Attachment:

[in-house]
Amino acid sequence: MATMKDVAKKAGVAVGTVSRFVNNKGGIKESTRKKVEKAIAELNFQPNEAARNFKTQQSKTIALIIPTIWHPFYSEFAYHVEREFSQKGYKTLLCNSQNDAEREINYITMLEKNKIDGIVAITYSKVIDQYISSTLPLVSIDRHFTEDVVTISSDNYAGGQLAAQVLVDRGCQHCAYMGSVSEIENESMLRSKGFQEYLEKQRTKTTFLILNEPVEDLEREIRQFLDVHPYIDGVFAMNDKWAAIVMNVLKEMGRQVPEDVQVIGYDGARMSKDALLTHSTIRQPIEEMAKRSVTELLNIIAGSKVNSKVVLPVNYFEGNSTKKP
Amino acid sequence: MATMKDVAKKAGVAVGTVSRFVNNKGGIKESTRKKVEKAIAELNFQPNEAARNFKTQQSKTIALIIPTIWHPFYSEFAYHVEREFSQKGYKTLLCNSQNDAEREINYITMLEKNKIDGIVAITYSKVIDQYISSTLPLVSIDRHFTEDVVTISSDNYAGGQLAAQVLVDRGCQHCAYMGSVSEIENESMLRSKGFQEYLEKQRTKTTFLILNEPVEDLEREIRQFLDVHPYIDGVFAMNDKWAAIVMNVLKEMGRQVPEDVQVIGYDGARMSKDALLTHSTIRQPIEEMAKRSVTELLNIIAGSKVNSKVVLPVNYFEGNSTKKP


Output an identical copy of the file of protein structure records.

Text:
[in-house]
Amino acid sequence: MATMKDVAKKAGVAVGTVSRFVNNKGGIKESTRKKVEKAIAELNFQPNEAARNFKTQQSKTIALIIPTIWHPFYSEFAYHVEREFSQKGYKTLLCNSQNDAEREINYITMLEKNKIDGIVAITYSKVIDQYISSTLPLVSIDRHFTEDVVTISSDNYAGGQLAAQVLVDRGCQHCAYMGSVSEIENESMLRSKGFQEYLEKQRTKTTFLILNEPVEDLEREIRQFLDVHPYIDGVFAMNDKWAAIVMNVLKEMGRQVPEDVQVIGYDGARMSKDALLTHSTIRQPIEEMAKRSVTELLNIIAGSKVNSKVVLPVNYFEGNSTKKP
Amino acid sequence: MATMKDVAKKAGVAVGTVSRFVNNKGGIKESTRKKVEKAIAELNFQPNEAARNFKTQQSKTIALIIPTIWHPFYSEFAYHVEREFSQKGYKTLLCNSQNDAEREINYITMLEKNKIDGIVAITYSKVIDQYISSTLPLVSIDRHFTEDVVTISSDNYAGGQLAAQVLVDRGCQHCAYMGSVSEIENESMLRSKGFQEYLEKQRTKTTFLILNEPVEDLEREIRQFLDVHPYIDGVFAMNDKWAAIVMNVLKEMGRQVPEDVQVIGYDGARMSKDALLTHSTIRQPIEEMAKRSVTELLNIIAGSKVNSKVVLPVNYFEGNSTKKP